The rhythm of life

 

Living in ignorance about our ignorance

Kaidi Wu and David Dunning write: In 1806, entrepreneur Frederic Tudor sailed to the island of Martinique with a precious cargo. He had harvested ice from frozen Massachusetts rivers and expected to make a tidy profit selling it to tropical customers. There was only one problem: the islanders had never seen ice. They had never experienced a cold drink, never tasted a pint of ice cream. Refrigeration was not a

We are more than our brains

Alan Jasanoff writes: Brains are undoubtedly somewhat computer-like – computers, after all, were invented to perform brain-like functions – but brains are also much more than bundles of wiry neurons and the electrical impulses they are famous for propagating. The function of each neuroelectrical signal is to release a little flood of chemicals that helps to stimulate or suppress brain cells, in much the way that chemicals activate or suppress

What matters

Owen Flanagan writes: In “The Strange Order of Things” Antonio Damasio promises to explore “one interest and one idea … why and how we emote, feel, use feelings to construct our selves; how feelings assist or undermine our best intentions; why and how our brains interact with the body to support such functions.” Damasio thinks that the cognitive revolution of the last 40 years, which has yielded cognitive science, cognitive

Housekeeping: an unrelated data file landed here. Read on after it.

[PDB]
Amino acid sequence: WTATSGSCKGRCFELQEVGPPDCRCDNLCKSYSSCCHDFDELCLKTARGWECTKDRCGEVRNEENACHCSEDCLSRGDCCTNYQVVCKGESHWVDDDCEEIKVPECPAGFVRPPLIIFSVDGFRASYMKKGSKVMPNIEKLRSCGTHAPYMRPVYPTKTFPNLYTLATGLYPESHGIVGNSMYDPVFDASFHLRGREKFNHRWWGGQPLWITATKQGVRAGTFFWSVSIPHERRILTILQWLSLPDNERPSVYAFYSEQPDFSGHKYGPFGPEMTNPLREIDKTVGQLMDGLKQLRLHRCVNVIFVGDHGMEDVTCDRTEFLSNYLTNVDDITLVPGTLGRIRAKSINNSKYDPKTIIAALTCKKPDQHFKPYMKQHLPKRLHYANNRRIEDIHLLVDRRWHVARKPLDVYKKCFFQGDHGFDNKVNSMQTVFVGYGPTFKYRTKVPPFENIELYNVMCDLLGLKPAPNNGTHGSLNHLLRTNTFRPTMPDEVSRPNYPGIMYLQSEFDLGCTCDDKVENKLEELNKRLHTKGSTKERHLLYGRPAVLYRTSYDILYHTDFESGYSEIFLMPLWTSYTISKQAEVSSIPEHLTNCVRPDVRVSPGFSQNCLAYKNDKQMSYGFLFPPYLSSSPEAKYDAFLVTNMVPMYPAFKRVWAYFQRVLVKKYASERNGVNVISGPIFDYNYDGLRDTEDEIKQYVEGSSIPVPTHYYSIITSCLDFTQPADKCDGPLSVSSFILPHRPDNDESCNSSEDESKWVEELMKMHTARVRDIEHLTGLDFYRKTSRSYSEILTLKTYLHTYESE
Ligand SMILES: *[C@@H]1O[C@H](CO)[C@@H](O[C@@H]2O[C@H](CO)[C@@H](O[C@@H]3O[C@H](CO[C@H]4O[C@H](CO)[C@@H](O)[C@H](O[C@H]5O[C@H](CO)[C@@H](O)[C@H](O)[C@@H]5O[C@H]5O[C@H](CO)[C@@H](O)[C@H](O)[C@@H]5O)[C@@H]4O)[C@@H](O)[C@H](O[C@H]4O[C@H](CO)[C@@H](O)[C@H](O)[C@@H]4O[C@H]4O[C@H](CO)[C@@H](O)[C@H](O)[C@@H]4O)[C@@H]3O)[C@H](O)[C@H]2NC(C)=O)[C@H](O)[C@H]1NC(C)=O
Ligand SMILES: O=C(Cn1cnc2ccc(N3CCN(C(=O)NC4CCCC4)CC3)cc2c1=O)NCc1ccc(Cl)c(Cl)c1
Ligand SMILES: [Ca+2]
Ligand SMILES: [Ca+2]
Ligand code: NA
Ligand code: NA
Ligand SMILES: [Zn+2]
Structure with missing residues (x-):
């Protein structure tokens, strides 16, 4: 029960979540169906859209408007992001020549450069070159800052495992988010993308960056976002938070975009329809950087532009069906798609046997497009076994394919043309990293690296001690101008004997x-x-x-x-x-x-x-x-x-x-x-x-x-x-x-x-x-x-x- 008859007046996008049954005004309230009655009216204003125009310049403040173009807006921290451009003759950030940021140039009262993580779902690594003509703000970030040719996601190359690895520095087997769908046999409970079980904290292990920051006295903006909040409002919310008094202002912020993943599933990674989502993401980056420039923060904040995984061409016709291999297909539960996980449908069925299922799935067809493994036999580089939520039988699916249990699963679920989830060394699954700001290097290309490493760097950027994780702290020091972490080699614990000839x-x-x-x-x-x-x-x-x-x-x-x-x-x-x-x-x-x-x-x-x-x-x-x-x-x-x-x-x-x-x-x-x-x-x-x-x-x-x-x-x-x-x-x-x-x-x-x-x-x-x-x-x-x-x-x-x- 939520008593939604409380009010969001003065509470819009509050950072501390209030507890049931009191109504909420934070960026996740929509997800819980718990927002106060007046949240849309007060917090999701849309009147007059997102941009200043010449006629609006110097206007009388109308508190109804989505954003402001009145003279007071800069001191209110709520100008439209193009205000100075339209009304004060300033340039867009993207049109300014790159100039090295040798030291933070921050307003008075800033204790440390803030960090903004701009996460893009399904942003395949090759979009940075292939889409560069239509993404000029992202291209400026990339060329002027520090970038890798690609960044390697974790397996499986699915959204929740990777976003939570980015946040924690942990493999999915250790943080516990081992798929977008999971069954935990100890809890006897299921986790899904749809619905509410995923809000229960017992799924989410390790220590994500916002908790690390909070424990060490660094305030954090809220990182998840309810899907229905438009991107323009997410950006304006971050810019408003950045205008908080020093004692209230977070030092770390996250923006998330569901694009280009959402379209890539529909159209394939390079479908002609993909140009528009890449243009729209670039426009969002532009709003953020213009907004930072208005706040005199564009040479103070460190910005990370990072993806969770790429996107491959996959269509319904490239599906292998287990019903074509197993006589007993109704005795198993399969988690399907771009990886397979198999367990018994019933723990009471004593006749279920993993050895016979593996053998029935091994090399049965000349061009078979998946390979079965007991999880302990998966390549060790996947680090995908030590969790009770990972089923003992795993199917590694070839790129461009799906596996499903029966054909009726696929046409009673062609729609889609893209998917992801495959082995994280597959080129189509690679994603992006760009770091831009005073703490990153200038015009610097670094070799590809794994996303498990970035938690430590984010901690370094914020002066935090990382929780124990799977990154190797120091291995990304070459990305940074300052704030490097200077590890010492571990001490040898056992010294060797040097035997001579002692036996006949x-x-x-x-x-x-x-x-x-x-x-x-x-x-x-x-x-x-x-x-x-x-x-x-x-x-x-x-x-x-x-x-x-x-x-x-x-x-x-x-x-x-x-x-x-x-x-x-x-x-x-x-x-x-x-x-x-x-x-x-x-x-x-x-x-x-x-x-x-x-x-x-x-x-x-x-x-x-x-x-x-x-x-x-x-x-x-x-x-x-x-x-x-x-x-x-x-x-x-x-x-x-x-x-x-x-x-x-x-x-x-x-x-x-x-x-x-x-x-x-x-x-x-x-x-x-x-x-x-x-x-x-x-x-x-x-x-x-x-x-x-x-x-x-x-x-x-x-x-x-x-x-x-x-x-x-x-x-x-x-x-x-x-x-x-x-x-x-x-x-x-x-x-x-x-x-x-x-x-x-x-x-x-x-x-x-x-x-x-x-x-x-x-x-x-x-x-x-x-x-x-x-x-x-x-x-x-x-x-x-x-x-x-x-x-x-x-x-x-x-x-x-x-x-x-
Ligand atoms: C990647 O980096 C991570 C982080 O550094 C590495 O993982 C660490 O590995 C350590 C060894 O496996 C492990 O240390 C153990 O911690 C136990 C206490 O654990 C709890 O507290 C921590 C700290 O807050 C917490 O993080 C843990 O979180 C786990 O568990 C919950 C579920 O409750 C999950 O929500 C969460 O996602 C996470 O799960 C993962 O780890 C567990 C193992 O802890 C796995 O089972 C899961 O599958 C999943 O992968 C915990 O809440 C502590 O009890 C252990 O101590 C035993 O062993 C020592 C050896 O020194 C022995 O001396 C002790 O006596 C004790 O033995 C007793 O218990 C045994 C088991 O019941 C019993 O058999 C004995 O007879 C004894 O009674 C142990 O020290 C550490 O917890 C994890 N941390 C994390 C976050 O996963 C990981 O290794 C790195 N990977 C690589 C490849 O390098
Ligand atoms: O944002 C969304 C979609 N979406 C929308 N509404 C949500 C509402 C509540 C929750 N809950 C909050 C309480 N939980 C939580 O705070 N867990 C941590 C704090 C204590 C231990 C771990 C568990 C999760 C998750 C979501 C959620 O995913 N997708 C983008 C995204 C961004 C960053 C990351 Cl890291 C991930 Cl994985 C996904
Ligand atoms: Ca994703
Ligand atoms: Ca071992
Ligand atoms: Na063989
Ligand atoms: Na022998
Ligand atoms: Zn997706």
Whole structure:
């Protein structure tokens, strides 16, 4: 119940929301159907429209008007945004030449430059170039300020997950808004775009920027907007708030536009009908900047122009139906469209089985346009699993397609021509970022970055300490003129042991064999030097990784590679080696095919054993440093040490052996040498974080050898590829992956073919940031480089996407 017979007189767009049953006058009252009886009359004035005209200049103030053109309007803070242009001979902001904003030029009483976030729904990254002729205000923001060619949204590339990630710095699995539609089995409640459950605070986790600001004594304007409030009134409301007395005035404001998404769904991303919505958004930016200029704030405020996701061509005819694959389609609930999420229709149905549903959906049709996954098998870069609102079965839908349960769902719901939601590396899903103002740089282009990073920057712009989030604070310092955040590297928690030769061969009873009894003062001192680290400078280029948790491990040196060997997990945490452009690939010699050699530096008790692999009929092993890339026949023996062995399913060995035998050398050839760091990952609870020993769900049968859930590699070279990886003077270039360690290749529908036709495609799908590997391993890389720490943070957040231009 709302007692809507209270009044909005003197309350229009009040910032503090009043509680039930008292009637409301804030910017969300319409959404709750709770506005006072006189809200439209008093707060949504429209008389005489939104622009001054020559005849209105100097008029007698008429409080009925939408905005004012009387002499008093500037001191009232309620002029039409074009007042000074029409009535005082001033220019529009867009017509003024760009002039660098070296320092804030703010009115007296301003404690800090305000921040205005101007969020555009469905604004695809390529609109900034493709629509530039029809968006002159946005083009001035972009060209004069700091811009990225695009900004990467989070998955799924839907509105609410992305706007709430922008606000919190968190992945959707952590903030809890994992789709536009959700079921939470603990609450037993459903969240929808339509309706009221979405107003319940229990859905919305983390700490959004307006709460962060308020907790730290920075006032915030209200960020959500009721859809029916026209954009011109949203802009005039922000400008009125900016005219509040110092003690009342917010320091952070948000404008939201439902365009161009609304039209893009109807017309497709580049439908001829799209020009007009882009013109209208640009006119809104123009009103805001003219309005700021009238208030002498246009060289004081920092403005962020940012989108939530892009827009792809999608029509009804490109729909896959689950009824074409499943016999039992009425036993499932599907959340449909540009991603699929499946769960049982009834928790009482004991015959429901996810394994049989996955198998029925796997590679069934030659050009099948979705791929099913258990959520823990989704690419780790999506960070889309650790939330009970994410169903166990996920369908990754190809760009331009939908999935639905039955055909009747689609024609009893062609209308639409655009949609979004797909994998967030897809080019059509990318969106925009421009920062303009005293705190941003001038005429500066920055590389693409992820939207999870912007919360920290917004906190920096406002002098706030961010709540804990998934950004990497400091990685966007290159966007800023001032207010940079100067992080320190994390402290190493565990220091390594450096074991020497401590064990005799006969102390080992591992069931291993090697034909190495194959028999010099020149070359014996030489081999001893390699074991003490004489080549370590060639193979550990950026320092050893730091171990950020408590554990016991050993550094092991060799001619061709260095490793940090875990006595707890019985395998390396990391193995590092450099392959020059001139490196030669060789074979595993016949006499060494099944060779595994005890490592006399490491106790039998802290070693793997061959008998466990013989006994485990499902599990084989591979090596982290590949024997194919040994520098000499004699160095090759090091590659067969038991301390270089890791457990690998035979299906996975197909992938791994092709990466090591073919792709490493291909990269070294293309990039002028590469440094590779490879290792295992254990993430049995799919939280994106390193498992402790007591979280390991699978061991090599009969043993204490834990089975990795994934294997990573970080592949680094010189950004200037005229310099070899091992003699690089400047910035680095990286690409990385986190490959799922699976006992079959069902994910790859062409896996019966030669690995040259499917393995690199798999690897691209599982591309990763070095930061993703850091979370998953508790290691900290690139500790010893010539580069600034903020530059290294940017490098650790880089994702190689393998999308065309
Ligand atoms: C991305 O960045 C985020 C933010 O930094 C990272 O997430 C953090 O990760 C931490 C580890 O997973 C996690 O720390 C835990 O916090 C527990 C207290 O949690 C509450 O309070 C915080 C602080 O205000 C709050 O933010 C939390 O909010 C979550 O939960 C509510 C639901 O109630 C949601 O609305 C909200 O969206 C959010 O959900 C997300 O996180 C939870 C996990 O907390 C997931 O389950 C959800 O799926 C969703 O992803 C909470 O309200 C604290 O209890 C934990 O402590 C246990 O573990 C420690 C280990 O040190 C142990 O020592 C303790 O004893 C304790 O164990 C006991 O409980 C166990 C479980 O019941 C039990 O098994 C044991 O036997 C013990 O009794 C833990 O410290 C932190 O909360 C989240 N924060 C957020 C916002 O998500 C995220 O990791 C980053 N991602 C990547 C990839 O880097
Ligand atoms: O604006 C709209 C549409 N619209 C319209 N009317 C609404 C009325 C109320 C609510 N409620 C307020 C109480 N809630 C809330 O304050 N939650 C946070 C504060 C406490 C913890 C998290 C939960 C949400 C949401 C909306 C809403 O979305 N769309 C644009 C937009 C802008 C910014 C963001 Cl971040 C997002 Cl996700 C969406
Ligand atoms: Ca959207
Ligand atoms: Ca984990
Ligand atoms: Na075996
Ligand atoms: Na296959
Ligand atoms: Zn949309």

Have we forgotten how to die?

In a review of seven books on death and dying, Julie-Marie Strange writes: James Turner was twenty-five when his four-year-old daughter Annice died from a lung condition. She died at home with her parents and grandmother; her sleeping siblings were told of her death the next morning. James did everything to soothe Annice’s last days but, never having encountered death before, he didn’t immediately recognize it. He didn’t know what

Aristotle’s lessons on happiness

Edith Hall writes: In the Western world, only since the mid-18th century has it been possible to discuss ethical questions publicly without referring to Christianity. Modern thinking about morality, which assumes that gods do not exist, or at least do not intervene, is in its infancy. But the ancient Greeks and Romans elaborated robust philosophical schools of ethical thought for more than a millennium, from the first professed agnostics such